Defying the fearful expectations of liberal advocates, Hong Kong’s press has retained a high degree of freedom. Ten years after the handover, however, journalists still fear the worst and self-censorship has emerged as the most widespread problem in Hong Kong’s media.
Only 11.6% of journalists who participated in an annual survey carried out by the Hong Kong Journalists Association (HKJA) said the press is freer now than in 1997 compared to 58.4% that believed it isn’t. Over 70% said self-censorship is the main cause of the lack of press freedom and 29.5% censored themselves in the last year.
"Self-censorship has not started today. It’s just that it is more severe now," said Joseph Chan, chair of the Hong Kong Press Council.
No journalist has been prosecuted in Hong Kong for airing anti-Beijing views. The pressure is much more subtle and generally applied on media organizations while reporters may just tire themselves out.
"If the atmosphere becomes too congested, reporters will perhaps leave," said Francis Moriarty, a reporter for Hong Kong’s public radio station RTHK and one of few foreign journalists still covering daily news in Hong Kong.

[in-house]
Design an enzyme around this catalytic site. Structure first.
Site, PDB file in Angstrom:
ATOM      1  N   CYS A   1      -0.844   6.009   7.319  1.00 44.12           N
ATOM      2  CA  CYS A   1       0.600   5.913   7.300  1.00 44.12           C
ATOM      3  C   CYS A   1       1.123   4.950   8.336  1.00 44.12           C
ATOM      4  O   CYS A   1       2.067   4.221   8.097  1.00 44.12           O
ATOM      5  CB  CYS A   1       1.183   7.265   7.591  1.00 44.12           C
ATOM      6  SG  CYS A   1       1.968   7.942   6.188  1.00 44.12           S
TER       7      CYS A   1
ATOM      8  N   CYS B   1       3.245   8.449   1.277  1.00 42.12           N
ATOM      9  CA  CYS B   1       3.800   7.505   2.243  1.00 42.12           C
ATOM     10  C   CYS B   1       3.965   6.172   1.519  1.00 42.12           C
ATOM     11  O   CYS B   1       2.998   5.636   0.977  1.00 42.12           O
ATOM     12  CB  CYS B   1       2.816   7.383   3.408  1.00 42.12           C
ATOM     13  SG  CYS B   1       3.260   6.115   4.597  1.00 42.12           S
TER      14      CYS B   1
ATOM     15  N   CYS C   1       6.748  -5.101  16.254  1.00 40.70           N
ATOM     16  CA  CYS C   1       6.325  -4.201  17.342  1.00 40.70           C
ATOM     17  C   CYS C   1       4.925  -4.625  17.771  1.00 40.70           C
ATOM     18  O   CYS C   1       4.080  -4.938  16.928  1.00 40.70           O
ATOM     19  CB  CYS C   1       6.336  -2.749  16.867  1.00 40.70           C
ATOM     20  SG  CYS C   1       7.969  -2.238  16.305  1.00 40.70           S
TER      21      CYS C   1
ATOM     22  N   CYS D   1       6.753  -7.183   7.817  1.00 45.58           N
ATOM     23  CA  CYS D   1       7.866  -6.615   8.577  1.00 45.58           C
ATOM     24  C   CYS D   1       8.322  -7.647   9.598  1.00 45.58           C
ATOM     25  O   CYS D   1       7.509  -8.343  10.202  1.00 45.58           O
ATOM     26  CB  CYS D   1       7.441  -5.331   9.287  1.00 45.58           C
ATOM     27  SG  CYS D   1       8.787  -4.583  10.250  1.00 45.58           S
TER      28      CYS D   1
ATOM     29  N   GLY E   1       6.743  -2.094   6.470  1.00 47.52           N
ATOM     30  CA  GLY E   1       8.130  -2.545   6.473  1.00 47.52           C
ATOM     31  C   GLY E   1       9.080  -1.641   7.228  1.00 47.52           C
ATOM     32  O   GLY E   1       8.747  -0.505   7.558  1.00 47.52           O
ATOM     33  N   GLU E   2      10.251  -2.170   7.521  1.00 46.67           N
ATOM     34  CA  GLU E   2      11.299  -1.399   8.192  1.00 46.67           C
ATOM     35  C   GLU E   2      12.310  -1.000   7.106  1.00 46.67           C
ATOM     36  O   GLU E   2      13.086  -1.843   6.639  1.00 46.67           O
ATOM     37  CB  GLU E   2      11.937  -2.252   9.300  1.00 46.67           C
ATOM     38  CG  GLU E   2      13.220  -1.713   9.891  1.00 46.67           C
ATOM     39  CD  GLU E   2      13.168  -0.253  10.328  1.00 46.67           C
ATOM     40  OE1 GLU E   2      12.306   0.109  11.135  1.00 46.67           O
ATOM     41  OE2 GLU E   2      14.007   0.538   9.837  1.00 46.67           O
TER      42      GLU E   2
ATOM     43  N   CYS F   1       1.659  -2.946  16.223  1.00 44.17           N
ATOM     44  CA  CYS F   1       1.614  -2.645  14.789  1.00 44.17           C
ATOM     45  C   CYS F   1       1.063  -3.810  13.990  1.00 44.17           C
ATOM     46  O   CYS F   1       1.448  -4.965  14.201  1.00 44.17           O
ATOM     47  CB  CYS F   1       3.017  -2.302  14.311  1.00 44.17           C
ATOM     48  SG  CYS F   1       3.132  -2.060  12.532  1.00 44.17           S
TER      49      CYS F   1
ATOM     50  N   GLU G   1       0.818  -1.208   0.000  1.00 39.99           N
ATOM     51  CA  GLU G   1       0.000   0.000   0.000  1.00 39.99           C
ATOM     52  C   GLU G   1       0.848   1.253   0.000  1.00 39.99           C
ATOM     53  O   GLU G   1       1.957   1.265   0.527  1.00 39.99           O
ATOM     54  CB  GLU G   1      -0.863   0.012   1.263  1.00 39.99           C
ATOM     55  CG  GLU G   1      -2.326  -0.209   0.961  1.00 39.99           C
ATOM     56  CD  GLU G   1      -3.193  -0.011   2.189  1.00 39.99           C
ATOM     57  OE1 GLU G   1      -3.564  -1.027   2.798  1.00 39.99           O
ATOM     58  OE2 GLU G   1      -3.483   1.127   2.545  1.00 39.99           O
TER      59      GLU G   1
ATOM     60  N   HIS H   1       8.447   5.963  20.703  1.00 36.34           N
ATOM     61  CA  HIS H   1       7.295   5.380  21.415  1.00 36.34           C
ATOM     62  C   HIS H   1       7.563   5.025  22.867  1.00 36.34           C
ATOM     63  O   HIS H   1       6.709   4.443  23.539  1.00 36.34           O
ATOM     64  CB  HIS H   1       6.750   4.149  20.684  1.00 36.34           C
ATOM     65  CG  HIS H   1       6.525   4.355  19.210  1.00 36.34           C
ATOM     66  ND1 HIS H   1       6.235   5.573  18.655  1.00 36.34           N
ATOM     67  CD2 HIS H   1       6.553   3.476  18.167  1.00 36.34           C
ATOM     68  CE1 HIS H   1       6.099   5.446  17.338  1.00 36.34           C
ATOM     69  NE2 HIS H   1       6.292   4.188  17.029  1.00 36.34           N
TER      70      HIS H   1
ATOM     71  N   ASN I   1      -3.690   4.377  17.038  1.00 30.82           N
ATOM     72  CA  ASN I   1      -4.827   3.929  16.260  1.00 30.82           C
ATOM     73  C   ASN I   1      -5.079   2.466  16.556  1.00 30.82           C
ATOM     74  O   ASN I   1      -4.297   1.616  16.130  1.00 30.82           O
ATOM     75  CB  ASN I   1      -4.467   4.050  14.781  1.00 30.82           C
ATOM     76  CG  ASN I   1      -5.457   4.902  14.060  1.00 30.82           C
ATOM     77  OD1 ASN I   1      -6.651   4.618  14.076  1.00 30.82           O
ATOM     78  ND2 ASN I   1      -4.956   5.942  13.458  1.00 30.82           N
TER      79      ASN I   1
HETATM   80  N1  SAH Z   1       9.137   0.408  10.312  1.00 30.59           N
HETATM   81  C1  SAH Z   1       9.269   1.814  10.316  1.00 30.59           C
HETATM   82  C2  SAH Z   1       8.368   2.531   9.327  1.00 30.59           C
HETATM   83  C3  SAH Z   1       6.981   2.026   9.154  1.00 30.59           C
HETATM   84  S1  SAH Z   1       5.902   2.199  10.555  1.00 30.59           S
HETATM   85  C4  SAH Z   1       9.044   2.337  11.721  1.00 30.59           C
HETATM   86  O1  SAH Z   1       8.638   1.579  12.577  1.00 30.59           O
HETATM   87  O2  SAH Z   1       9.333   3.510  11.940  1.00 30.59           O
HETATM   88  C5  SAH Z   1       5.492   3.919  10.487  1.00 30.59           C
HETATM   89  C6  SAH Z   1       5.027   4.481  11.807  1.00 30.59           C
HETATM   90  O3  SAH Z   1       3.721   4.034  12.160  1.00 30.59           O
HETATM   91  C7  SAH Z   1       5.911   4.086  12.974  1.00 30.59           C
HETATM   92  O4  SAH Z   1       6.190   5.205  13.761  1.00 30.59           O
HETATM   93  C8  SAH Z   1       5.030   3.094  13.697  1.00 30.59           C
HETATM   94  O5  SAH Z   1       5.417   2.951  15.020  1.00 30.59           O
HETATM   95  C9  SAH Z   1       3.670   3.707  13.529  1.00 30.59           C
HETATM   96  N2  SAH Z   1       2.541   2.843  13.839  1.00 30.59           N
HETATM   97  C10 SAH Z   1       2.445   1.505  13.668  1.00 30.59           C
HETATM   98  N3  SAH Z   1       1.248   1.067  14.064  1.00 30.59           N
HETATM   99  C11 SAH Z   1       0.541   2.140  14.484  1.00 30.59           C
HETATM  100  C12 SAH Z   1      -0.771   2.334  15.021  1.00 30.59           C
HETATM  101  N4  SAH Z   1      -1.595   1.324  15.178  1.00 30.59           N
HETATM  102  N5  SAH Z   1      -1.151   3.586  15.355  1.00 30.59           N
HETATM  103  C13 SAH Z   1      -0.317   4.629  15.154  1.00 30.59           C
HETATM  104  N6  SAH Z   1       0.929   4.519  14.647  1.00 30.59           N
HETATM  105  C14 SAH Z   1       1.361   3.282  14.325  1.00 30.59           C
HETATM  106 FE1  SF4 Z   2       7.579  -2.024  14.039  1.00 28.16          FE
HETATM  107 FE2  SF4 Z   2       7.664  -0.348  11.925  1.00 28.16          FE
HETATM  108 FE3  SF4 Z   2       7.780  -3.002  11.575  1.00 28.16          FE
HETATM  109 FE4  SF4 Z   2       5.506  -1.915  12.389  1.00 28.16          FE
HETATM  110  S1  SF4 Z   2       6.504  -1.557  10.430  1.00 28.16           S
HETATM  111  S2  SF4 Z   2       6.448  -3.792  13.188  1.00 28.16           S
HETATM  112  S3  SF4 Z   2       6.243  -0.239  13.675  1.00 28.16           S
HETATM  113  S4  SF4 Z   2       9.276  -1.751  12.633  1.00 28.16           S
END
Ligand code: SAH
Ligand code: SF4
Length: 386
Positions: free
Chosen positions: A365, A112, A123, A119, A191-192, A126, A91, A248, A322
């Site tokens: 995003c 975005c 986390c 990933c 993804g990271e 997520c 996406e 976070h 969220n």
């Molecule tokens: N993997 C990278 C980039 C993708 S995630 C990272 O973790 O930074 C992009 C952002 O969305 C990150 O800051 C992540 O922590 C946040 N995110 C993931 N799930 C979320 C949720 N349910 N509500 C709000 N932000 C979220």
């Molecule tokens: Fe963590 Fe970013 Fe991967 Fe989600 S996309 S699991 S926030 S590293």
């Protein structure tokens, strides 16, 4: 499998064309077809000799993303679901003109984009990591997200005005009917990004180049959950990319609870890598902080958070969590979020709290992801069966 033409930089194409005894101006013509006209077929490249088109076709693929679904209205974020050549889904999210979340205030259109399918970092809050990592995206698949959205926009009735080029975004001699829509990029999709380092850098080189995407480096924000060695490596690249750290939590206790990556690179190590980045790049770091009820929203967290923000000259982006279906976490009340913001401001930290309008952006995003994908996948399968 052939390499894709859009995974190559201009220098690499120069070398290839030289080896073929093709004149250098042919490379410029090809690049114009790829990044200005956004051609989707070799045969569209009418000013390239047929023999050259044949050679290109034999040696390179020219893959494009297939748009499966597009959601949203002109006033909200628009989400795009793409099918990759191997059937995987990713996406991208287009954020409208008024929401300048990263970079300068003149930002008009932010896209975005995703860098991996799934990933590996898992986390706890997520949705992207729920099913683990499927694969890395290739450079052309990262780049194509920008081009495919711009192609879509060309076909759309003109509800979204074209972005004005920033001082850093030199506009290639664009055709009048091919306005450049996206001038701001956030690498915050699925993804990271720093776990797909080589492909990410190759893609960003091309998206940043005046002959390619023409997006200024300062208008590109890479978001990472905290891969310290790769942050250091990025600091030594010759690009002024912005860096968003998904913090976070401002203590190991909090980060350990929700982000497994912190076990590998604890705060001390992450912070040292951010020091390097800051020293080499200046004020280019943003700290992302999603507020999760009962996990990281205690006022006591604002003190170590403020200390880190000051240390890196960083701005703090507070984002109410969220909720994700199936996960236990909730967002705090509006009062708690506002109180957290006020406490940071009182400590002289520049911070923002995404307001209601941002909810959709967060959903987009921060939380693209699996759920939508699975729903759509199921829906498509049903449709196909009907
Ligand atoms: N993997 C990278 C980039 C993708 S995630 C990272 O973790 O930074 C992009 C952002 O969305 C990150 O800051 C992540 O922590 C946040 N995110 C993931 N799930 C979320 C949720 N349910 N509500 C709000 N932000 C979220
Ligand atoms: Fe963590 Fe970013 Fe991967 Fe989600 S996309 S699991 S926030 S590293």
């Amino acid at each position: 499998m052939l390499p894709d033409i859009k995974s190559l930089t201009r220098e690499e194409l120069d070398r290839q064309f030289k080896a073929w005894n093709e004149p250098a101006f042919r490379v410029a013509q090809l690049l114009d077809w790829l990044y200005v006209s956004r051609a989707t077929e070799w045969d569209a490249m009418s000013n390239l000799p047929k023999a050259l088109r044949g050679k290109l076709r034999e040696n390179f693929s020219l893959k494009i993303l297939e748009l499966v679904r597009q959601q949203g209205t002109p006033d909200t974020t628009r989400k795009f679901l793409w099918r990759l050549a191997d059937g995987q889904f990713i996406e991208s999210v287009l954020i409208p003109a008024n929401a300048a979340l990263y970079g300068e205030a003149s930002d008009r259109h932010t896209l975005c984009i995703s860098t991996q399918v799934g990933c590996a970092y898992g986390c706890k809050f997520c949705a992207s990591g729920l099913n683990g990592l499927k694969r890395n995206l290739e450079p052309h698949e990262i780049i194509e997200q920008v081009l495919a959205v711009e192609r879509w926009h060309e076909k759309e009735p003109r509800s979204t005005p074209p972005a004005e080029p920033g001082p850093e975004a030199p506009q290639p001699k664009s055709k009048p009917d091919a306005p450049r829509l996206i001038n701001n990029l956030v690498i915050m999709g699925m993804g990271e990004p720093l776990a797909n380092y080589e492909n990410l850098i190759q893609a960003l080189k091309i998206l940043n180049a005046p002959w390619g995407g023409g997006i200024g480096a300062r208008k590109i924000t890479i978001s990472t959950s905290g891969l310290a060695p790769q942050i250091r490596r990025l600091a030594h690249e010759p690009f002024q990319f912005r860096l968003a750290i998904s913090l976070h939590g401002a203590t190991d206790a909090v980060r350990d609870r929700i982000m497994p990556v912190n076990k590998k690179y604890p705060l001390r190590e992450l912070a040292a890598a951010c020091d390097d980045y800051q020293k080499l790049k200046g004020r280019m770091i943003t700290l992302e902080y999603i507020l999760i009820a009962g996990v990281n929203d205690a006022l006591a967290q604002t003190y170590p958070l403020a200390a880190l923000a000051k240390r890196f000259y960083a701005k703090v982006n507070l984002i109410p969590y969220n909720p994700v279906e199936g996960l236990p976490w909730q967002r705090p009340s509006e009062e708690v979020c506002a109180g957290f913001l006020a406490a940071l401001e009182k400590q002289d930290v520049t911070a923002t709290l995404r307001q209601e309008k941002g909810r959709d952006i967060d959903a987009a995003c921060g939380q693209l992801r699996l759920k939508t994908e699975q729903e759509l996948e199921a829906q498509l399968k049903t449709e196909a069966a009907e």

He said the pressure can take many forms. For example, regulations call for a certain amount of government advertising, which Beijing can channel to one media outlet or another, guaranteeing revenue or taking it away. The central government also courts favor with media organizations, influences them economically and makes it difficult for those with opposing opinions to report in China.
Moriarty also believes the amount of information available now is far less than 10 years ago. The Hong Kong government is much more closed and reporters now view local information officers as gatekeepers rather than facilitators.
As far as much of the public is concerned, however, self-censorship is a secondary issue to the more pressing problems of inaccuracy and sensationalism. According to the HKJA survey, 20.4% of the public believed inaccuracy is the most pressing issue. Self-censorship was a distant second, identified by 5.9%. Lower professional quality, frivolous news and sensationalism followed.
Of those who had most to fear from a potential post-1997 crackdown, Apple Daily proprietor Jimmy Lai ranks pretty highly. Yet he has been able to continue resisting all financial incentives to censor coverage in a bid to balance out the media outlets that "became mouthpieces" of the authorities.
Lai’s positive attitude and faith in the Basic Law is counter to that of most activists who fully expect the screws to tighten.
"They do punish media for taking a critical stance," said Chan, but "it is up to them to choose… I would expect self-censorship to expand. "If more journalists are silenced it may result in a spiral of silence."